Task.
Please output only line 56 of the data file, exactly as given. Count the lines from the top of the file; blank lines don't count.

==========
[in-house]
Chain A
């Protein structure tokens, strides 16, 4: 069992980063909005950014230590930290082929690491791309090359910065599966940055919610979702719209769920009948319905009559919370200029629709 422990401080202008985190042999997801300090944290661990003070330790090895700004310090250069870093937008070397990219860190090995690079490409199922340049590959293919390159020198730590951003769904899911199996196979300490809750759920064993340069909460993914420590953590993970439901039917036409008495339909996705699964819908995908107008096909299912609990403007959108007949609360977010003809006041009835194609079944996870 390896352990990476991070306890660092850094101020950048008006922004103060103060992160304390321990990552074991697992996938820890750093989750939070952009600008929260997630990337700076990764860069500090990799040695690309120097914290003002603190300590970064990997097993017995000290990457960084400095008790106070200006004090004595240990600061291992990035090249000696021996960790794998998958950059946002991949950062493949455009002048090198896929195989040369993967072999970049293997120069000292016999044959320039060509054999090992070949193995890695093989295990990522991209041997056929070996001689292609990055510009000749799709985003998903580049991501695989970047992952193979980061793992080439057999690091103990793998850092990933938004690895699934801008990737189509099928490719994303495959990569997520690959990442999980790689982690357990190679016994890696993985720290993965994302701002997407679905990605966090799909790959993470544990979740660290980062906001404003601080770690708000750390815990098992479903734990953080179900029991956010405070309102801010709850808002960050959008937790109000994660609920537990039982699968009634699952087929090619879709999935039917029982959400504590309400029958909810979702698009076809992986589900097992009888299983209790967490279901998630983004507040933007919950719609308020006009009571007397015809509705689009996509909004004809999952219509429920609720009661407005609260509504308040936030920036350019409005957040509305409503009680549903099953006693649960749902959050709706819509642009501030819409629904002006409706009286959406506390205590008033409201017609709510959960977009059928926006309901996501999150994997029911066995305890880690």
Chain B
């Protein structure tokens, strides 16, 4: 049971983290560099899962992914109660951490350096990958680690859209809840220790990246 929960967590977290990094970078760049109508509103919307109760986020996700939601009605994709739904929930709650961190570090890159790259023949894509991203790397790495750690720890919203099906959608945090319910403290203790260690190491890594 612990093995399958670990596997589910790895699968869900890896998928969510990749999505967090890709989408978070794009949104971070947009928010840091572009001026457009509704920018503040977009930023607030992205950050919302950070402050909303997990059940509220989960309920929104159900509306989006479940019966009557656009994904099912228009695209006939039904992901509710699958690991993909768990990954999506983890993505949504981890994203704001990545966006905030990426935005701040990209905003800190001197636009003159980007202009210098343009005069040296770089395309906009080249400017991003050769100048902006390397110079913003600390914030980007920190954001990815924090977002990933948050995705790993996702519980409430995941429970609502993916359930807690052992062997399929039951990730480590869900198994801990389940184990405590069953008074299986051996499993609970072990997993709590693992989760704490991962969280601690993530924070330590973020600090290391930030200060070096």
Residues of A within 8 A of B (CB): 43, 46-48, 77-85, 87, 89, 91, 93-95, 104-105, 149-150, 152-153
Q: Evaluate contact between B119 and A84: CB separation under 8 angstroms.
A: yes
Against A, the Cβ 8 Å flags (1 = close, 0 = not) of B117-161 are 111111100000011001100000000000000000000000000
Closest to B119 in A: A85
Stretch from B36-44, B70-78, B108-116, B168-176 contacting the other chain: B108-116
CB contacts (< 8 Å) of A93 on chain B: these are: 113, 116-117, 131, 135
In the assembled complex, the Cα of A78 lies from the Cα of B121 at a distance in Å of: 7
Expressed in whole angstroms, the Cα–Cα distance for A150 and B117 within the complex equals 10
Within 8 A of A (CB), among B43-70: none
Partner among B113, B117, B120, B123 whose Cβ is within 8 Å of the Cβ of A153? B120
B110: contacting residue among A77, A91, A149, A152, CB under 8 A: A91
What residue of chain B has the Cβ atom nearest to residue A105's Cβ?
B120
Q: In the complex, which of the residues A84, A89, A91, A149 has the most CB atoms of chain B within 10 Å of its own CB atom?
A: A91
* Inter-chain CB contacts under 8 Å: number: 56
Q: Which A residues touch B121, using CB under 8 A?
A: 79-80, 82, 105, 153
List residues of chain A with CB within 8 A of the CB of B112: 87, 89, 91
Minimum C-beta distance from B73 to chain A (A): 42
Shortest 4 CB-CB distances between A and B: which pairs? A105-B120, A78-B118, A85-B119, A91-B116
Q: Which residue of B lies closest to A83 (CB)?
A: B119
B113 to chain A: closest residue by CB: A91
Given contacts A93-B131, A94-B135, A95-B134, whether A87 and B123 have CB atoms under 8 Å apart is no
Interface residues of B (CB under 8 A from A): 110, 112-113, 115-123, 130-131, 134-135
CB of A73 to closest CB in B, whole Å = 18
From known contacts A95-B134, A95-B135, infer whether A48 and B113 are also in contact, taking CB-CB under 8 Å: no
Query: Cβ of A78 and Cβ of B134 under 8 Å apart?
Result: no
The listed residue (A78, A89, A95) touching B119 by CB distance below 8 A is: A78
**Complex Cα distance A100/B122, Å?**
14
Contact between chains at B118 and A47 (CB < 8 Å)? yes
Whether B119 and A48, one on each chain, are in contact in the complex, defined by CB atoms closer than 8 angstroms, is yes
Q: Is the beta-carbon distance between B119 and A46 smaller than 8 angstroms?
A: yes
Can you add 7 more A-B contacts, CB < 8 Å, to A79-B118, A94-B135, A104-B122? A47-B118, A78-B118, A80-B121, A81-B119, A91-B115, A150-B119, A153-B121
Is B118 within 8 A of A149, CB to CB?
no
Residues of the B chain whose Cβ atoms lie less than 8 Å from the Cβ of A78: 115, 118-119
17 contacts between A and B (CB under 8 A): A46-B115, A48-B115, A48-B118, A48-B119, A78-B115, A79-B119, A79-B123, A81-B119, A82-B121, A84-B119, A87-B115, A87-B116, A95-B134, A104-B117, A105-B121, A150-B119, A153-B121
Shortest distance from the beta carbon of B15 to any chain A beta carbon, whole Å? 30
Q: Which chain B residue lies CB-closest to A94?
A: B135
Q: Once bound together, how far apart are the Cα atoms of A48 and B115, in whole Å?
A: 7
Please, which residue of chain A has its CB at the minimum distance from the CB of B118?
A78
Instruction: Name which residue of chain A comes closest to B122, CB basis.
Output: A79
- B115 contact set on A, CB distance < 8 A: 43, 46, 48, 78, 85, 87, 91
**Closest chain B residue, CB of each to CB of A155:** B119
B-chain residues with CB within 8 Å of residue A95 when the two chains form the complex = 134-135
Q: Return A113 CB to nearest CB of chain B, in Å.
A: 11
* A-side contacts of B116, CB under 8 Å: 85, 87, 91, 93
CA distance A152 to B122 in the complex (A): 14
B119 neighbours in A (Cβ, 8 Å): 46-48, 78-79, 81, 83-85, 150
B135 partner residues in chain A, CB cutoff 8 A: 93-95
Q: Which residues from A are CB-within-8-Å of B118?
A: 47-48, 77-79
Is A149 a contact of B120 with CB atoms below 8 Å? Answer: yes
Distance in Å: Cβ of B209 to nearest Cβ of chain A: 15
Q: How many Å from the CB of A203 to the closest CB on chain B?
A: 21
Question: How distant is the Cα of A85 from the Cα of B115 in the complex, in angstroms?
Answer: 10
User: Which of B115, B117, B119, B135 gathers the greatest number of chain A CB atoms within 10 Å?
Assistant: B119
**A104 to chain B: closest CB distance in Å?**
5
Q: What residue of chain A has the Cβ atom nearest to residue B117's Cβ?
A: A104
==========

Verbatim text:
Instruction: Name which residue of chain A comes closest to B122, CB basis.